Tiles can floor marble

With property markets slowing, the demand for premium flooring is muted



For the marble industry in India, it is no more a smooth ride. The segment is facing hard times due to the weakness in the property market, especially the luxury segment, which has traditionally accounted for a good portion of demand.

The ever increasing competition from the tile industry has also dented the beautiful stone’s market share. Marble — still the preferred choice for home owners — is now primarily used in the ultra luxury segment, says Surendra Hiranandani, Founder and Managing Director, House of Hiranandani.

Tile preference

Property developers have been turning to tile-flooring of late, due to four main reasons. One, the cost of a finished marble floor is about ₹700 per sq ft — this is three-five times more expensive than good quality tiles. There is also ample availability of high-grade tiles, both imported and local, with a wide choice of shades and designs.

Two, the cost of laying marble floors is high and is increasing. Unlike a tile floor that is easy to install, laying a marble floor is a labour-intensive process. To get a shiny finish, the floor needs to be polished five to seven times using different grinding stones. As skilled labour costs are high and are on the uptrend, this can add up to 25 per cent to the overall flooring cost.

Three, the manual process also increases the time taken to complete the flooring. Non-availability of marble of your choice can add to delays. “Marble is a natural stone and it is not easy to get identical colour and quality. It becomes even more difficult when you have to procure material without much variation for a really large project,” says Hiranandani.

Four, the bulk of Indian marble demand is met through imports, causing price uncertainty. Italy is the primary source, accounting for nearly half of the supply in 2012-13. Turkey, which offers 80 types and 400 colours and patterns of marble, has a 22 per cent share of Indian marble imports. The price of imported marble has been on the uptrend.

For instance, Italian stone prices have risen 30 per cent in the last five years, touching €3,000 a tonne. Import duties, currency variations and delays in clearances add to the cost of imported marble.

Locally, marble is available in Rajasthan, Jammu and Kashmir and Gujarat, with Rajasthan being the primary source. The Indian Bureau of Mines estimates that the country has total reserves of 1,931 million tonnes of marble. Nearly 64 and 21 per cent of the known reserves are found in Rajasthan and Jammu and Kashmir, respectively. Overall, the Indian marble industry produced ₹1,600 crore worth of stones in 2011-12, according to data from the Ministry of Mines.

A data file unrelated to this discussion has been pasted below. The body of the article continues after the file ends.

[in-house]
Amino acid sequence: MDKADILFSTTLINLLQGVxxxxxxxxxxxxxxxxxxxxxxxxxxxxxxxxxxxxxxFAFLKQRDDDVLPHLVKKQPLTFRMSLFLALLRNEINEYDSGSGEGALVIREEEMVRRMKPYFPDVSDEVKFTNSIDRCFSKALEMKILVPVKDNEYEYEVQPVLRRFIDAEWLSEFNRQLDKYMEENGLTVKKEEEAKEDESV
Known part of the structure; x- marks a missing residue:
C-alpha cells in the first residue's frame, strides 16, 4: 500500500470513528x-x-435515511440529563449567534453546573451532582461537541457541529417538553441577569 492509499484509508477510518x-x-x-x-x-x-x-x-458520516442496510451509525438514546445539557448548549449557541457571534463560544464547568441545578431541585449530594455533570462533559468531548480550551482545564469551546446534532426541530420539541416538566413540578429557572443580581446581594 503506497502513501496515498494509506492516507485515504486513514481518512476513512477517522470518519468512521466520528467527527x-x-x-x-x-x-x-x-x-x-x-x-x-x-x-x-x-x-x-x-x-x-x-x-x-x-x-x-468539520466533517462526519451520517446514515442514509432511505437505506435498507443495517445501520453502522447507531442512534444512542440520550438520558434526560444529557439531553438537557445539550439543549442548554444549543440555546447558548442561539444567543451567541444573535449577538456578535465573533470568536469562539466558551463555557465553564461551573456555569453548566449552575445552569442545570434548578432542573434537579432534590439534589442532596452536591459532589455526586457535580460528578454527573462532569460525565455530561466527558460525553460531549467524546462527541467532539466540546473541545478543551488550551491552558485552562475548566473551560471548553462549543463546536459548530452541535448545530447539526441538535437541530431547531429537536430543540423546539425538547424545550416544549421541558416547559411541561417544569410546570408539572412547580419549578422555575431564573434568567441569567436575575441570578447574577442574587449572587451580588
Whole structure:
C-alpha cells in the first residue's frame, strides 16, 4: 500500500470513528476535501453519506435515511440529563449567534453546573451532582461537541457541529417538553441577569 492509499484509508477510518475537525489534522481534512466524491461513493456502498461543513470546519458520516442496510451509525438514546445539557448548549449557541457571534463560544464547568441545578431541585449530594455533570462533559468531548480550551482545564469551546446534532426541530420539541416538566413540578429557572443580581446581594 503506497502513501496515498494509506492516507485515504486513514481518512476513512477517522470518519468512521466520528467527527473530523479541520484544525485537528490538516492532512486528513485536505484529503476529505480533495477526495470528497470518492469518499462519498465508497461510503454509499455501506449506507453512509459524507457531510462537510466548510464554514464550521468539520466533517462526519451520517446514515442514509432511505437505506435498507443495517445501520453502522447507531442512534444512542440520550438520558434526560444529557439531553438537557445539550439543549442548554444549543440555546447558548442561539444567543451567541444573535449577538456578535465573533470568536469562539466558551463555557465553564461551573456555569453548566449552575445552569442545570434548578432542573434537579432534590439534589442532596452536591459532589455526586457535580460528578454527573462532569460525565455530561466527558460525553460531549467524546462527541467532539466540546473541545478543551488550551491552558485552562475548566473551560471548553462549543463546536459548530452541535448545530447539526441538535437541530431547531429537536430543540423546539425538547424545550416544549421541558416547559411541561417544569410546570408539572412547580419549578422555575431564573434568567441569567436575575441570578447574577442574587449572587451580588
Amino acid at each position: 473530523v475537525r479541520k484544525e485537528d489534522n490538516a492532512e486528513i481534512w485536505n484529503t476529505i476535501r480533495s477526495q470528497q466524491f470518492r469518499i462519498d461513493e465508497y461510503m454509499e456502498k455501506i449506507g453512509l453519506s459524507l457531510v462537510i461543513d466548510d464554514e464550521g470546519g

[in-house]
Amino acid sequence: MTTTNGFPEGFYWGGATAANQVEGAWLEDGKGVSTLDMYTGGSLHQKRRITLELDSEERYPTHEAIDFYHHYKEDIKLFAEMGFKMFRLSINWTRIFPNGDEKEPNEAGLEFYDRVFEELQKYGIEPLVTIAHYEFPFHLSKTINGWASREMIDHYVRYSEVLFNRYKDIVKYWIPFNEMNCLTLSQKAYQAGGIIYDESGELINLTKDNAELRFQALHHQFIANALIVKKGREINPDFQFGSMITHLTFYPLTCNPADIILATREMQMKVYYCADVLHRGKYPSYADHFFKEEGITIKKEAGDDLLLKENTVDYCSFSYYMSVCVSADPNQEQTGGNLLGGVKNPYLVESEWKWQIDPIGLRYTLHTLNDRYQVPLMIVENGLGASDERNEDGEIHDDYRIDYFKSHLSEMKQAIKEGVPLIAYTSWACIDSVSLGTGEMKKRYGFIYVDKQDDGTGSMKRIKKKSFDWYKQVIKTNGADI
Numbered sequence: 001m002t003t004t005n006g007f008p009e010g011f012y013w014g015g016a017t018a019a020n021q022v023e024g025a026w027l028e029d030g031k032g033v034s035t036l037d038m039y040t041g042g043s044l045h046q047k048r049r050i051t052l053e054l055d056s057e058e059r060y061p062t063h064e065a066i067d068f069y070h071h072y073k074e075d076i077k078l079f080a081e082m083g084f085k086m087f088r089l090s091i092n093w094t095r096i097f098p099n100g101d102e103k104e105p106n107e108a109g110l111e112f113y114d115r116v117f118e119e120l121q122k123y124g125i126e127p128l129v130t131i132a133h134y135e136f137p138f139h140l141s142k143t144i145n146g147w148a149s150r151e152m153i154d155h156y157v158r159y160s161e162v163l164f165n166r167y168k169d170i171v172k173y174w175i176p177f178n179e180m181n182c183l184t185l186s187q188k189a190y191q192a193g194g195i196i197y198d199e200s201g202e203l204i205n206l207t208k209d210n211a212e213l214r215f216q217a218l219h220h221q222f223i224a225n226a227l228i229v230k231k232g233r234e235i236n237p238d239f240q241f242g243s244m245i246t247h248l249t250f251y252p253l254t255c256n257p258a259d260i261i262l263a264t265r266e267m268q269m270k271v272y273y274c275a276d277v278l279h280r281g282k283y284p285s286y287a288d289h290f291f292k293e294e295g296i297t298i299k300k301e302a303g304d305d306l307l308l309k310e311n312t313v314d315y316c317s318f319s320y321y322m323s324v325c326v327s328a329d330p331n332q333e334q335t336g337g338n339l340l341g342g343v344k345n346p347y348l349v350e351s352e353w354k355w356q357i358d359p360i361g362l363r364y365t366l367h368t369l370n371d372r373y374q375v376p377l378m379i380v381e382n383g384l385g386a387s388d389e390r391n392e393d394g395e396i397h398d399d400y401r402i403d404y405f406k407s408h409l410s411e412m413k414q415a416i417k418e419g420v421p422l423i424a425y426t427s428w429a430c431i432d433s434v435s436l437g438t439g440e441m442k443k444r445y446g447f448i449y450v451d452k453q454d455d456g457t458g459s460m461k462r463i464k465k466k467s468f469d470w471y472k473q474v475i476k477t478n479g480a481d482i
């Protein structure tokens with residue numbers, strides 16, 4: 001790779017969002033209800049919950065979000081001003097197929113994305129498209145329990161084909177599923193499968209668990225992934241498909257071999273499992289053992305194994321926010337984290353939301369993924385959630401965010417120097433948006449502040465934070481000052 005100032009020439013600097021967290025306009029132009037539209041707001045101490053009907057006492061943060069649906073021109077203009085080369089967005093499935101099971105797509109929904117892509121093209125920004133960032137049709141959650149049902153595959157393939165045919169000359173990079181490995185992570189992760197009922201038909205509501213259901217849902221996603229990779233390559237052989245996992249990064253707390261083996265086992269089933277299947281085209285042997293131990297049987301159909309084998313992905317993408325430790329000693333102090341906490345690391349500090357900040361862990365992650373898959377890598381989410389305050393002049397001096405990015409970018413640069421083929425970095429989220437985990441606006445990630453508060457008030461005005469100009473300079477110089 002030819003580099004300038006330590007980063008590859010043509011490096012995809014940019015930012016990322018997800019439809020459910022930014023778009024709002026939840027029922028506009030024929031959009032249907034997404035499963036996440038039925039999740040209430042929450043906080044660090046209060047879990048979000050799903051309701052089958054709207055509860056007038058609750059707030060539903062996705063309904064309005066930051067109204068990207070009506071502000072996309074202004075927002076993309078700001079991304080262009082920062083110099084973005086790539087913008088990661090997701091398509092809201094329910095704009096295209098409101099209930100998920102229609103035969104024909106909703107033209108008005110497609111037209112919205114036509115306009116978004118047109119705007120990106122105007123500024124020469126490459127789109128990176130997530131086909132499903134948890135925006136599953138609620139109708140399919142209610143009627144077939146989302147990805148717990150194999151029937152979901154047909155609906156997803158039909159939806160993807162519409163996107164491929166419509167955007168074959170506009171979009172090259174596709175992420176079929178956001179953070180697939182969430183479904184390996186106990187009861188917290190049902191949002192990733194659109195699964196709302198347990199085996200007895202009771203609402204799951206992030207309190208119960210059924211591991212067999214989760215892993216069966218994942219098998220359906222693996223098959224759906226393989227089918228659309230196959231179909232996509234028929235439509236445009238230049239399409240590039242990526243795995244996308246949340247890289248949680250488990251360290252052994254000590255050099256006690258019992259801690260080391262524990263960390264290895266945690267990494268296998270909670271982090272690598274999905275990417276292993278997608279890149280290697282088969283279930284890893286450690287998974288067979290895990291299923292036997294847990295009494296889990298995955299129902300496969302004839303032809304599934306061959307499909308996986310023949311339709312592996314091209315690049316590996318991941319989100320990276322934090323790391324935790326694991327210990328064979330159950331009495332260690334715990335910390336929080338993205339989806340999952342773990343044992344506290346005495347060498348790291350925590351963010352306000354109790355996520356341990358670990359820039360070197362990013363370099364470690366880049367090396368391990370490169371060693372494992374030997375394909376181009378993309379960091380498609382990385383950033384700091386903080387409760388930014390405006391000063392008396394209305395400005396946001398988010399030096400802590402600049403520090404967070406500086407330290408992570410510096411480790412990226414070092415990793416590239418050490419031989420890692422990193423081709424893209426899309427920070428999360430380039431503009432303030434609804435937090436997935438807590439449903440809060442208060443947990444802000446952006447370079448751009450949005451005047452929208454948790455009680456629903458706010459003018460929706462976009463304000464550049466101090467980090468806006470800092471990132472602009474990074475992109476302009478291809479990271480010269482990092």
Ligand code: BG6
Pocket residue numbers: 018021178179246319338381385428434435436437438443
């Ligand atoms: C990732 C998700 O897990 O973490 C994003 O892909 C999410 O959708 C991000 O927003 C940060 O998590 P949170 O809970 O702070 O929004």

Rajasthan is home to 95 per cent of the total marble processing units in the country and a vast reserve of 1,100 million tonnes of good quality marble, according to the Rajasthan department of mines and geology.

The Bureau of Indian Standards classifies marble into 10 groups based on colour, shade and pattern and the State has all the varieties ranging from plain white to pink, green and brown marbles. One popular variety is the Makrana marble, mined from a village with the same name in Nagaur district, Rajasthan. About 56 million tonnes of deposit are estimated to be available in the 400 mines in the Aravalli range. Nearly 120 thousand tonnes of marble are estimated to be produced from the region every year.

Ravi Meghwal, CEO of RK Marbles, Makrana, says that the marble is exported to West Asia and Canada. There are no restrictions in exporting the stones.

Import issues

Even though local supply is available, it is not sufficient to meet the demand. This is especially true for white marble. Domestic demand is estimated at 48 million tonnes compared with local supplies of about 12 million tonnes a year.

Marble is imported from Germany, Italy, Afghanistan and Turkey, but there are restrictions. For instance, there is a licensing system with annual quotas that restrict the amount of imports. The current policy, which was notified in November 2014, limits the maximum import to six lakh tonnes and the minimum import price is set at $325 a tonne. The restrictions have been challenged by the European Union at the World Trade Organization.

Additionally, only units that have been in operation for five years as of March 2013 and have a cumulative turnover of over ₹5 crore during 2008-12 can import.

This is said to be hurting smaller players.

Price and outlook

Due to abundant supply and lacklustre demand, marble prices have remained subdued in the last five years, says Meghwal.

Even as imported unfinished marble costs increased, local distributors and manufacturers maintained prices due to low demand. Things may not improve in the near term and the share of marble flooring may continue to decrease, feels Hiranandani. Also, the industry is highly fragmented. This is limiting the pricing power of the stone miners and distributors.

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